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Obama on Libya: Defending the Indefensible
by Stephen Lendman
Email: lendmanstephen (nospam) sbcglobal.net
30 Mar 2011
Obama on Libya: Defending the Indefensible - by Stephen Lendman
Obama's March 28 television address wreaked of hypocrisy, lies and disdain for basic democratic values, making an indefensible case for naked aggression against a non-belligerent country. America's media approved.
On March 28, New Times writer Helene Cooper headlined, "Obama Cites Limits of US Role in Libya," saying:
Obama "defended the American-led military assault in Libya on Monday, saying it was in the national interest of the United States to stop a potential massacre that would have 'stained the conscience of the world,' " even though no threat existed until:
-- Washington showed up with co-belligerents France and Britain;
-- beginning in 2010, armed and funded so-called "rebels" who, in fact, are cutthroat killers, rapists and marauders, terrorizing every area they control, including their Benghazi stronghold; and
-- support them with daily "shock and awe" terror attacks, causing increasing numbers of deaths and injuries, as well as destruction and contamination of all areas struck by depleted uranium bombs, missiles and shells, spreading radiation over wide areas.
Despite Pentagon denials, conservative estimates put civilian deaths at over 100, besides combatants killed and unknown numbers murdered by rebel allies. Since March 19 air attacks began, nearly 1,500 sorties have been flown, that number to rise exponentially as daily strikes continue under US command, running all NATO operations under AFRICOM's General Carter Ham. Alleged new commander, Canada's Lt. Gen. Charles Bouchard, is his subordinate, a Pentagon figurehead.
The alleged handover is fabricated. NATO is code language for America/the Pentagon. Obama lied announcing otherwise, saying Washington's role will be limited to stop potential "slaughter and mass graves" in Benghazi. In fact, he supports and/or ignores rebel terror killings against defenseless civilians, making him complicit in their crimes, besides widespread ones caused by NATO, America's missile. US attacks, in fact, will continue throughout the campaign, perhaps lasting months at an enormous cost, besides hundreds of billions annually in Iraq and Afghanistan.
Making an indefensible case, Obama said:
"For more than four decades, the Libyan people have been ruled by a tyrant - Muammar Gaddafi," ignoring the numerous regional and global ones America supports, including rogue Israeli regimes, lawlessly terrorizing Palestinians for over six decades with generous US support and funding.
Addressing the issue, Obama's Deputy National Security Adviser, Denis McDonough, said:
"I think it's very important that we see each of these instances....in the region as unique. We don't get very hung up on the question of precedent....because we don't make decisions about questions like intervention based on consistency or precedent. We make them based on how we can best advance our interests in the region."
Precisely true on the last point. However, policy decisions are very consistent. Allies are supported whether despots or democrats. Outliers are opposed, even benign ones posing no threat to America or neighbors. The rule of law is a non-starter. So are democratic values, "principles of justice and human dignity."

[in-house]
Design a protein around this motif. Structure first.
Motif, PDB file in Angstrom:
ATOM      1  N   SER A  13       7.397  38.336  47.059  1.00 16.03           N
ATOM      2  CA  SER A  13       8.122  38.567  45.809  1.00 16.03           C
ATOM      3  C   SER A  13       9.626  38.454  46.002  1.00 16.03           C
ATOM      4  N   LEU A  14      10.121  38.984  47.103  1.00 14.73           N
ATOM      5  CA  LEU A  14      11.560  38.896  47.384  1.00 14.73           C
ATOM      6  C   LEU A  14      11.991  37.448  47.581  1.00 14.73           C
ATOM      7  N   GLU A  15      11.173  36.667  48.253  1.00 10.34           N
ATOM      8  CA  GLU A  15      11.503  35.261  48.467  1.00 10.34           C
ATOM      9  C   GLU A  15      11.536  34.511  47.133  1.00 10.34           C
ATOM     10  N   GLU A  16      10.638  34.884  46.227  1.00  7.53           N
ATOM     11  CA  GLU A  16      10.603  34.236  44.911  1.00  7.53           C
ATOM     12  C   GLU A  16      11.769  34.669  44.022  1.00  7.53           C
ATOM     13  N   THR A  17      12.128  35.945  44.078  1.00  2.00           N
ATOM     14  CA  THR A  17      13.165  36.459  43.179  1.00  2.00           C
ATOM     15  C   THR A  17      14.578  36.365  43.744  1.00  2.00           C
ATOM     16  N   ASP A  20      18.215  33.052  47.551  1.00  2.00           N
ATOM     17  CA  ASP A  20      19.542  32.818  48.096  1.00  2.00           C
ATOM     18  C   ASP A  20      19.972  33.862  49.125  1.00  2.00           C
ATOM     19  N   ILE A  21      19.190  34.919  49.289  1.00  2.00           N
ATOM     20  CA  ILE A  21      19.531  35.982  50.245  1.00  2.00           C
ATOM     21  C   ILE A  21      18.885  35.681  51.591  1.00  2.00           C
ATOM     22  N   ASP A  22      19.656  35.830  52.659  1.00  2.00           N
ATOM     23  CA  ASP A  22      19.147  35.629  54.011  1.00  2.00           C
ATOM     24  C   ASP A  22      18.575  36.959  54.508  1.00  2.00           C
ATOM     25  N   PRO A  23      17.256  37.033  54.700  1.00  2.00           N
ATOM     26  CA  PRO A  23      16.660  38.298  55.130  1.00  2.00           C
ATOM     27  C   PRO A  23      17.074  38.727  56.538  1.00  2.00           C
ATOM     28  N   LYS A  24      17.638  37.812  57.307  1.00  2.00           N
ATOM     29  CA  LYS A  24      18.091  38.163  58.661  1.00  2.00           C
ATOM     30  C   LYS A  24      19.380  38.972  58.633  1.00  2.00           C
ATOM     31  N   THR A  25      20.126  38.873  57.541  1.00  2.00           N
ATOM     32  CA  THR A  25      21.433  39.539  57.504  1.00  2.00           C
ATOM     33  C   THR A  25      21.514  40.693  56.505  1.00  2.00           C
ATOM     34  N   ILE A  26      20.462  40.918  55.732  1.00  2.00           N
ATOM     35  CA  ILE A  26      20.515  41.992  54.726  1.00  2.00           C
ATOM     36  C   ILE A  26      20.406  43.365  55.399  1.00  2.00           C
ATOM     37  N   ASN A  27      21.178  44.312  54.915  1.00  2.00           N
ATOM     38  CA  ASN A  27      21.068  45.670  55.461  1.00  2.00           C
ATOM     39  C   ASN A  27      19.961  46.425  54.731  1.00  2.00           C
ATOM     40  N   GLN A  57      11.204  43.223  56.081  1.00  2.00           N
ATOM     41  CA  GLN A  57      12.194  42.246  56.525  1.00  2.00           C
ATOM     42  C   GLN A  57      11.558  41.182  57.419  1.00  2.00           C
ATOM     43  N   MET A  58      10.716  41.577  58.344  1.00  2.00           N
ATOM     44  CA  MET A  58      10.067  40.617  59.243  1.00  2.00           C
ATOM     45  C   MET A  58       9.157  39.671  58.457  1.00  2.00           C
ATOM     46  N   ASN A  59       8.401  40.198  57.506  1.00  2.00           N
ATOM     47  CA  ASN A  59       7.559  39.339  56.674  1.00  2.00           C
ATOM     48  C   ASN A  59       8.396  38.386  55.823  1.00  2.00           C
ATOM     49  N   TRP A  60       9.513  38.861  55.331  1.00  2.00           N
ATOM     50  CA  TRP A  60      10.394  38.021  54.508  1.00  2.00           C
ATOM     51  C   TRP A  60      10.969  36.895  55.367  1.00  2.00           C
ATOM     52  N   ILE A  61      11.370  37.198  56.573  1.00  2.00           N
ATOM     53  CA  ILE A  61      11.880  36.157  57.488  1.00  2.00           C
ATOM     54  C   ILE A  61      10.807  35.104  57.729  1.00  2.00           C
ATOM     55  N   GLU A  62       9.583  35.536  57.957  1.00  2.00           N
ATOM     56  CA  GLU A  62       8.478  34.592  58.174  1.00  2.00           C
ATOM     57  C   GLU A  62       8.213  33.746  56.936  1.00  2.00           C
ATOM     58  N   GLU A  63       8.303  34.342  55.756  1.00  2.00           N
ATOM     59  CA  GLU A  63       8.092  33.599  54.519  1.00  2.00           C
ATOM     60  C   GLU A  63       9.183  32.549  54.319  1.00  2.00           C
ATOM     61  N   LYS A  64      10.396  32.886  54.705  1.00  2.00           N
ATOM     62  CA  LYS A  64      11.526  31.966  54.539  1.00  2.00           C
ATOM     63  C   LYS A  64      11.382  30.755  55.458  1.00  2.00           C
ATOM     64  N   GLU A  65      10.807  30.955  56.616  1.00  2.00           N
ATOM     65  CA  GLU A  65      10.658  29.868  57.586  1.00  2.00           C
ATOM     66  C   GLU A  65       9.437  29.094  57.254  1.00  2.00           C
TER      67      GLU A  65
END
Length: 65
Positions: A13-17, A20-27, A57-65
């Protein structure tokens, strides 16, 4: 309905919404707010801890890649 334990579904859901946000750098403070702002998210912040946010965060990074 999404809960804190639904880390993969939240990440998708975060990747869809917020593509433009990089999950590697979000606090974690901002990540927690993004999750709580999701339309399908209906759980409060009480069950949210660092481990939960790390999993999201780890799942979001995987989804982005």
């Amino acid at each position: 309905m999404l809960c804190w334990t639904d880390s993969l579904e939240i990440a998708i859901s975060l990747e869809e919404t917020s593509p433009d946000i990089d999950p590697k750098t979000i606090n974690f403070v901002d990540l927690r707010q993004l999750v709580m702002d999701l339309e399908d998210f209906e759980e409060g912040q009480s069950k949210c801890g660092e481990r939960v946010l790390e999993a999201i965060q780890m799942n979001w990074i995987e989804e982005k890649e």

Only imperial aims matter, especially resource and human exploitation adventurism for money and power. For generations, they've guided US policies, notably since WW II, at home and abroad.
Yet pseudo-left apologists back Obama's Libya war, its faux "humanitarian intervention" to save lives, including darling of the left Rachel Maddow, defending the indefensible, pretending Obama's different from Bush when, in fact, he's worse, waging four, not two wars.
-- supports others in Palestine, Yemen and Somalia;
-- operates US Special Forces in at least 75 countries globally;
-- backs killing US citizens abroad lawlessly;
-- endorses holding detainees indefinitely without charge;
-- practices torture as official US policy; and
-- backs the worst of despotic states, notably in Saudi Arabia, Yemen, Bahrain, Egypt under a military junta, Algeria under a military dictatorship (Abdelaziz Bouteflika more figurehead than president), other GCC states, besides others in Africa, Eastern Europe and elsewhere.
Yet Maddow and other faux liberals call Obama a peace president. No matter how great the body count, she's firm saying "he appears to be walking more of that walk as well as talking that talk."
He indeed talks plenty while letting imperial forces reign death and destruction on non-belligerent nations, spends hundreds of billions of dollars, then claims we're too broke to address vital homeland needs, especially social ones and crumbling infrastructure.
Cheerleading Print Media Support
For decades, The York Times endorsed all US imperial wars, the tradition maintained on March 28 in an editorial headlined, "President Obama and Libya," saying:
Obama "made the right, albeit belated, decision to join with allies to try to stop (Gaddafi) from slaughtering thousands of Libyans," despite clear evidence that Washington, France, Britain and rebel killers initiated attacks. Love or hate him, Gaddafi justifiably responded in self defense.
However, despite Obama's willful deception and lies, The Times claimed he "made a strong case for why America needed to intervene in this fight - and why that did not always mean it should intervene in others," notably against subservient despots, no matter how much "violence on a horrific scale" they cause.
"Most important," said The Times, Obama "vowed that there would be no American ground troops in this fight." A previous article explained otherwise, accessed through the following link: